After a young student in Lebanon, Connecticut asked her mother if she could join an after-school Good News Club, the parent was so horrified that she contacted and invited the Satan Club to help her do something. So, beginning in December, Lebanon Elementary School will reportedly start hosting Satan Club meetings after school.
"I think we're all pretty disturbed," responds Peter Wolfgang, executive director of the Family Institute of Connecticut. "They have two agendas -- one that's open, one that's secret -- and both of them are evil."
The Satan Club's open agenda is simply to counter the presence of Child Evangelism Fellowship's (CEF) Good News Clubs.
"The satanist club is reactive," says Wolfgang. "Their point is to go into public schools that have an after-school Christian club called Good News, and under current jurisprudence, they can force the school to allow the satanist club, too."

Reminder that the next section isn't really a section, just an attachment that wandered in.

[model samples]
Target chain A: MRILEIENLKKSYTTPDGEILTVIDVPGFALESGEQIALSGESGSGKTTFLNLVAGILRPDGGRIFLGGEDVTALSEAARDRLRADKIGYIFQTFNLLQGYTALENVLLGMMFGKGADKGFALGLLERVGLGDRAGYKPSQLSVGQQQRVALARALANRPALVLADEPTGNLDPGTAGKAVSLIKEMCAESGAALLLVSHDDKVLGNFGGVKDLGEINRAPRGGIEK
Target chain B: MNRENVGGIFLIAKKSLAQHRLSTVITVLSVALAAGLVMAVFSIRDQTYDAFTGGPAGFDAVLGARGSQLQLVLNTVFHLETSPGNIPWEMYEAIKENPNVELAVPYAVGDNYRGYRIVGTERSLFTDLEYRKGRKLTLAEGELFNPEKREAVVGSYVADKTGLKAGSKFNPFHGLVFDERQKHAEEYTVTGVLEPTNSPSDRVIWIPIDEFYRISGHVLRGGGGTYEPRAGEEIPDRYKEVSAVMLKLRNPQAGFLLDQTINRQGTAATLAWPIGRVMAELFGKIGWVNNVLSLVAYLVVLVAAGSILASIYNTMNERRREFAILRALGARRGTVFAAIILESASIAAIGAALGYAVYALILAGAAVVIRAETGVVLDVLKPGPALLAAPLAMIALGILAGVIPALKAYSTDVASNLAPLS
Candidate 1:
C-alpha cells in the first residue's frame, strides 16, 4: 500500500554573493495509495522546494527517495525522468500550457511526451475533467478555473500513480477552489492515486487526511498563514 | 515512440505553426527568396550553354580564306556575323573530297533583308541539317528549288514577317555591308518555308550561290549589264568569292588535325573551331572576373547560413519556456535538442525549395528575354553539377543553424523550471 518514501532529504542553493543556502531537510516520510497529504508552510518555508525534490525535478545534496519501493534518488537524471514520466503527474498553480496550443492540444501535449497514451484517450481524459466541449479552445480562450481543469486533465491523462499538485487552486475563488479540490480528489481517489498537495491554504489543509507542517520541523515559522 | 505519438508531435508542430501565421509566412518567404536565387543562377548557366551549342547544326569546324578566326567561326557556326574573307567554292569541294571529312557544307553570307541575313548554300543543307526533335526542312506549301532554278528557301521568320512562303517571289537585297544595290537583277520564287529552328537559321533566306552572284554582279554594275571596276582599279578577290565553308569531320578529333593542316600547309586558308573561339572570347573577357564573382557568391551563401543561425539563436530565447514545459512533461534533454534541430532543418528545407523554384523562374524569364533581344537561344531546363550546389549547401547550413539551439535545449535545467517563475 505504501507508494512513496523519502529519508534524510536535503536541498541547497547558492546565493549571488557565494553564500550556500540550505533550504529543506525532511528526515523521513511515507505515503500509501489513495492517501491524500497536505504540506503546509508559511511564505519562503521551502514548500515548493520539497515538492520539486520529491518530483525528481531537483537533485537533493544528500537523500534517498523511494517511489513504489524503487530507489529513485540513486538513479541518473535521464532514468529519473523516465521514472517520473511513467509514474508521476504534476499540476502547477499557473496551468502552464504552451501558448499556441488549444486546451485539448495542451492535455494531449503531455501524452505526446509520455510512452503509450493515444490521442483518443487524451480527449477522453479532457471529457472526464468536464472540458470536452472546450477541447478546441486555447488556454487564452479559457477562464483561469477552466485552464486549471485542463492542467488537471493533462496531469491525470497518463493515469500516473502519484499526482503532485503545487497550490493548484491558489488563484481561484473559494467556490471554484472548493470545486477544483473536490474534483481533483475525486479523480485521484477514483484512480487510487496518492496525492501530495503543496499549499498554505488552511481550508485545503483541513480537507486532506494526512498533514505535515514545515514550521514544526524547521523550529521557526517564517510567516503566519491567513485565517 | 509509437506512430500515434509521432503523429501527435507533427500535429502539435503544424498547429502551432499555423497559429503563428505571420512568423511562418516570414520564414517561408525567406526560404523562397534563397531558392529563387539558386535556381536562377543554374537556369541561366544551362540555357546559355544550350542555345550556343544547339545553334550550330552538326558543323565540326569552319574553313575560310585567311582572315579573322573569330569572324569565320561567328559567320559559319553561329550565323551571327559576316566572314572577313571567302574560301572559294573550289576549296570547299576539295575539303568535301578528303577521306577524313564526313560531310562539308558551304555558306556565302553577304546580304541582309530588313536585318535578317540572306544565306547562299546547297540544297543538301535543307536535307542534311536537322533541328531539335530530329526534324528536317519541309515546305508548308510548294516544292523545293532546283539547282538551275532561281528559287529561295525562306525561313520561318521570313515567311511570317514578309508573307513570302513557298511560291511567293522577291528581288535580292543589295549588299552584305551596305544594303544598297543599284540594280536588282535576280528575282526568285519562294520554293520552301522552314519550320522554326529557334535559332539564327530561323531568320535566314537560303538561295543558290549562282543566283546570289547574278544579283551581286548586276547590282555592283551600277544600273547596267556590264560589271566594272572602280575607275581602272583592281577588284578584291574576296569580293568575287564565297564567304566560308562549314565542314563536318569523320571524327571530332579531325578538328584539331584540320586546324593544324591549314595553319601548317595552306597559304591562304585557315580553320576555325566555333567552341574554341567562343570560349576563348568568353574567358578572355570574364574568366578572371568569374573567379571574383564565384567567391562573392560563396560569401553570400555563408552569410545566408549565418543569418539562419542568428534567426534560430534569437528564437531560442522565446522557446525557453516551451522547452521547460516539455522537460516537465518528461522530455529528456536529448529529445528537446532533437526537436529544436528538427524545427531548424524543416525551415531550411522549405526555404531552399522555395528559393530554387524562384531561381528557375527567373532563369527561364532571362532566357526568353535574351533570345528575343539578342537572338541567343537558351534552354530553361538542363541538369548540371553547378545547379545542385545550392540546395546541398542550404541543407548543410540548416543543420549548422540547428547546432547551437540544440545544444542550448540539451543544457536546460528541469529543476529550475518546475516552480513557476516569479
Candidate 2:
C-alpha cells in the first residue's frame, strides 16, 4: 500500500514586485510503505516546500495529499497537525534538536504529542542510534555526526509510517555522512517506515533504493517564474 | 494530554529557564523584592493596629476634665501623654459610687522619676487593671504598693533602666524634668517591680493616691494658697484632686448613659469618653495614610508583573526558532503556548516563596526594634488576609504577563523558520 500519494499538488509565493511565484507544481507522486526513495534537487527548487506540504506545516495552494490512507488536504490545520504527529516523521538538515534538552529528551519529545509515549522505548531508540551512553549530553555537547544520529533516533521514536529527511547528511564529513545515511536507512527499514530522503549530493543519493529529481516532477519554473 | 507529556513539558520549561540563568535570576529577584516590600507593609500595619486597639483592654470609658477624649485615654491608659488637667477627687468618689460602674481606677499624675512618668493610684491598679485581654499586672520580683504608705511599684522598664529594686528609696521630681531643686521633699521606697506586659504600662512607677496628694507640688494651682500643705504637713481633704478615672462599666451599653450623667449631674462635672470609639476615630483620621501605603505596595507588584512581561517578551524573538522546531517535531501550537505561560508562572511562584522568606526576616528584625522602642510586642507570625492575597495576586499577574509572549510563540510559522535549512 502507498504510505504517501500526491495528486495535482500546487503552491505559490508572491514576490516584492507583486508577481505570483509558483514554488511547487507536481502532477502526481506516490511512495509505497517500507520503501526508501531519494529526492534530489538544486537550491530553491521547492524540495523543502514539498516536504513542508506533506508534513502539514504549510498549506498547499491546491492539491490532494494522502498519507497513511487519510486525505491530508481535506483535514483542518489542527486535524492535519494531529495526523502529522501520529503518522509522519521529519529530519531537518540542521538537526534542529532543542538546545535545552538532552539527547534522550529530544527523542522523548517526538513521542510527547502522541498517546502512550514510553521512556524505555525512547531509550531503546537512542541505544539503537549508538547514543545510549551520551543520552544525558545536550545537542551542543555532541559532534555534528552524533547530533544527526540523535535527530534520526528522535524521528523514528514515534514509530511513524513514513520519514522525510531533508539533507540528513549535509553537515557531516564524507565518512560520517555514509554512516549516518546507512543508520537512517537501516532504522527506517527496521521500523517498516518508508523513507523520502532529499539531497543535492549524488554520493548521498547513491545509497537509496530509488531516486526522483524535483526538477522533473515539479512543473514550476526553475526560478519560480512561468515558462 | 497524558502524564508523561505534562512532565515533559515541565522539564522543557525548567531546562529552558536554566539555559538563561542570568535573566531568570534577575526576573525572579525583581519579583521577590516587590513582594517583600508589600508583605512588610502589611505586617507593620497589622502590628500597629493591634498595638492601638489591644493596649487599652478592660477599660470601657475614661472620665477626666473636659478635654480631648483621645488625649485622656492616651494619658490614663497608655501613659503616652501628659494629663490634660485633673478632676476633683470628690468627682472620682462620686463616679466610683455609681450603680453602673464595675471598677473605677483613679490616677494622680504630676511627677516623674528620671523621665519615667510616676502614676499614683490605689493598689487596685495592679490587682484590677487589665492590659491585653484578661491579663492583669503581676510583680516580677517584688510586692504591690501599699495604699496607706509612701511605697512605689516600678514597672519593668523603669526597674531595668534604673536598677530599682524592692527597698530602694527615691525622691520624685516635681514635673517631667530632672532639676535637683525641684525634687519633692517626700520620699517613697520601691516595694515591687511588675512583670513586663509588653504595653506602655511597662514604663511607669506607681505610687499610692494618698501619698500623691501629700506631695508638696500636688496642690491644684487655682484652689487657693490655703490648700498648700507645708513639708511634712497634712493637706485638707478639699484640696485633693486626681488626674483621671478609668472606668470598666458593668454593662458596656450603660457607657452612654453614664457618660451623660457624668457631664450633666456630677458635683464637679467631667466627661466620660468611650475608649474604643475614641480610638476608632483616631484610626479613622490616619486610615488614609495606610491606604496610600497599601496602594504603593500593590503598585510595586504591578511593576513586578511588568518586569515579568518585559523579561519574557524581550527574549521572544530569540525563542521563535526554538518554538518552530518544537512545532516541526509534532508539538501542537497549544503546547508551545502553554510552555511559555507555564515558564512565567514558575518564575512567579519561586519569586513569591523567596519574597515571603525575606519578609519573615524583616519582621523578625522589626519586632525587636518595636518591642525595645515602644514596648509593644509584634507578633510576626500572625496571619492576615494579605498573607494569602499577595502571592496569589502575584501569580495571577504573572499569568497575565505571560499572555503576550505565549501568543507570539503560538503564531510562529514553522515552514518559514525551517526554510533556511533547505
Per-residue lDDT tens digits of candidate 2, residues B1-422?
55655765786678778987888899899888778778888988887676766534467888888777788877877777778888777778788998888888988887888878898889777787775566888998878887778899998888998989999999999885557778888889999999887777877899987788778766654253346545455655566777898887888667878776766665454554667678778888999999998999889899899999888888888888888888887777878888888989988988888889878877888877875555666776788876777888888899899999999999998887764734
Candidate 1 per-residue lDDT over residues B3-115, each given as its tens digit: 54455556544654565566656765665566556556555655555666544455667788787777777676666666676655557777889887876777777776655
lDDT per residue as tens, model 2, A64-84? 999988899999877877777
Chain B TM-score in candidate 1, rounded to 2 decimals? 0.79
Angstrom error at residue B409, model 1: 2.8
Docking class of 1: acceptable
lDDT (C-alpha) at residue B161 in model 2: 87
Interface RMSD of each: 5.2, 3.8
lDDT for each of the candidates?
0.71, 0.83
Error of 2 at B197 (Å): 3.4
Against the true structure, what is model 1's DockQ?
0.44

But their aim is not to stay on campus.
"Their purpose is to try to get themselves kicked out so that they can force the Christian student club to be kicked out, too," he details about what he considers their explicitly evil misuse of the U.S. Constitution.
As for the Satan Club's secret agenda, Wolfgang says the name exposes that.
"What they're not up front about is though they deny that they're Satanists, they are Satanists," he asserts. "The devil is a liar; he is the prince of liars, and we have to be careful about any claim that they make about they're just rationalists, or they're just atheists."
Meanwhile, he points out that America's laws are based on the Judeo-Christian underpinnings of the Declaration of Independence.
"There's no reason in the world why our courts should not be able to distinguish between something good like Christian Good News Club for students and something bad like something that advocates for Satan," Wolfgang contends.
Recognizing the spiritual warfare, his organization plans to do everything it can within the boundaries of the law to challenge the club as it works to prevent young children from being taught about Jesus after school.
"I think we're going to see more and more of this, and it's going to have effects," Wolfgang warns. "Even the people who advocate on the other side don't understand the doors that they're opening."